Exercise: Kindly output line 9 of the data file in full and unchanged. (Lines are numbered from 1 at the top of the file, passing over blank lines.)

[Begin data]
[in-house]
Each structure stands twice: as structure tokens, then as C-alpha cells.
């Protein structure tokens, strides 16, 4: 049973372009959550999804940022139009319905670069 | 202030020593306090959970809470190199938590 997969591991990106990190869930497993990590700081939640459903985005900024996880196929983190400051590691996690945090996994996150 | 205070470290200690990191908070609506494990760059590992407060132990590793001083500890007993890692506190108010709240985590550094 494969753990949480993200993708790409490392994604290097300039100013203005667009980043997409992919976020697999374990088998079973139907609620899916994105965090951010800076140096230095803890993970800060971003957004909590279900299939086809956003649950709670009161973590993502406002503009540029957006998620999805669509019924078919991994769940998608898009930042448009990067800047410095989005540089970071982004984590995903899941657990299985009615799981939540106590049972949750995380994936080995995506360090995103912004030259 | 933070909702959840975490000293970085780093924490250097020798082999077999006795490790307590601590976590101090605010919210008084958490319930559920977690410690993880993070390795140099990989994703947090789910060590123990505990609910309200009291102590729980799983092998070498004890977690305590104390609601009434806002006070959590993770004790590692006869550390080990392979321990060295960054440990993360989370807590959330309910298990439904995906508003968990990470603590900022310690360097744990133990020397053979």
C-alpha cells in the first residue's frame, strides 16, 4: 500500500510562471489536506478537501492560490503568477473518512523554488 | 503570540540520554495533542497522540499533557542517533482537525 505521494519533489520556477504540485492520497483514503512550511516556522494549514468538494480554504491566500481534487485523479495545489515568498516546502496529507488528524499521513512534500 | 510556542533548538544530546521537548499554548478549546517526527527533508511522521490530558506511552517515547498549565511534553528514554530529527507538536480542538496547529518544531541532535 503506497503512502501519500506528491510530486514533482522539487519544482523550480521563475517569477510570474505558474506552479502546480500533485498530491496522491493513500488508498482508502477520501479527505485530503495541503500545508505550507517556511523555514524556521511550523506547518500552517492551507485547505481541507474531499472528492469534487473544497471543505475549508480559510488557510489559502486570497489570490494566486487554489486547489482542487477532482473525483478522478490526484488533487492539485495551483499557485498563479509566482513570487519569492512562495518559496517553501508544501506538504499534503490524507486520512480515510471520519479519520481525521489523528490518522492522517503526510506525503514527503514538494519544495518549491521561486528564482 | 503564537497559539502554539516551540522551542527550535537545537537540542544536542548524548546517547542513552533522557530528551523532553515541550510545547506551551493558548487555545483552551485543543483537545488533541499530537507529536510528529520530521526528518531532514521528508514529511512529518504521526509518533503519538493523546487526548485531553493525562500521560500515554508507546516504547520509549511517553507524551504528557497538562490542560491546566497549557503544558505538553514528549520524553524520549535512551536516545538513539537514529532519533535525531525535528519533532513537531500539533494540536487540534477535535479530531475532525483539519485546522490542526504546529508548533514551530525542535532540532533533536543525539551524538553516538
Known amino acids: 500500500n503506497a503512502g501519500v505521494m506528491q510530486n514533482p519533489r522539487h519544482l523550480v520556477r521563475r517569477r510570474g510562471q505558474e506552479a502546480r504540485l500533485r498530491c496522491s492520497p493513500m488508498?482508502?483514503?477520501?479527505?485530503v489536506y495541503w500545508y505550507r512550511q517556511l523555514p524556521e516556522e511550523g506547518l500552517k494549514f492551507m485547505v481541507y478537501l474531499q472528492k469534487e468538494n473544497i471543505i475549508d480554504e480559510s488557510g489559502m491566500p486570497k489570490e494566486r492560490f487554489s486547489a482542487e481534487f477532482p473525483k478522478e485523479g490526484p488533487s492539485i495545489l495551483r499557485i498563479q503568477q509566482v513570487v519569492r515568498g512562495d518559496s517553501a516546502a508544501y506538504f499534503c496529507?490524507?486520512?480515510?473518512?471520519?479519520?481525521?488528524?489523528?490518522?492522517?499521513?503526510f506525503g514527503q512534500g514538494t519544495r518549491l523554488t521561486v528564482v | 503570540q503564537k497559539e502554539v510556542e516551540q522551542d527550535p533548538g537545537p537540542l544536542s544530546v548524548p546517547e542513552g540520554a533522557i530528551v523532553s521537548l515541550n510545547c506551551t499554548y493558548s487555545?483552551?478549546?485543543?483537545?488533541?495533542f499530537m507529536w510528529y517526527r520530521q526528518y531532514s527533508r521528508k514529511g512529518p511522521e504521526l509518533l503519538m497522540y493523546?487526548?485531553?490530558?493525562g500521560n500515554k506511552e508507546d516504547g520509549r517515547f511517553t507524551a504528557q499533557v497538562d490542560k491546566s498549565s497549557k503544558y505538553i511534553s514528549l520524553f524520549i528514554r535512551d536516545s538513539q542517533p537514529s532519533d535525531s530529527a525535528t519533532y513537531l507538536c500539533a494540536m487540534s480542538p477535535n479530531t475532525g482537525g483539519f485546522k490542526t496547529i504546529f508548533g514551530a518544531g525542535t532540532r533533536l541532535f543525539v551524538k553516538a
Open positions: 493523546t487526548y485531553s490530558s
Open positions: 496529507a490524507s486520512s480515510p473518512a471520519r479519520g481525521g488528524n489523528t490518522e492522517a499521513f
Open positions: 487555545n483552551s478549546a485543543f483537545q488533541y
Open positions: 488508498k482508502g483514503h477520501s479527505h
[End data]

Open positions: 488508498k482508502g483514503h477520501s479527505h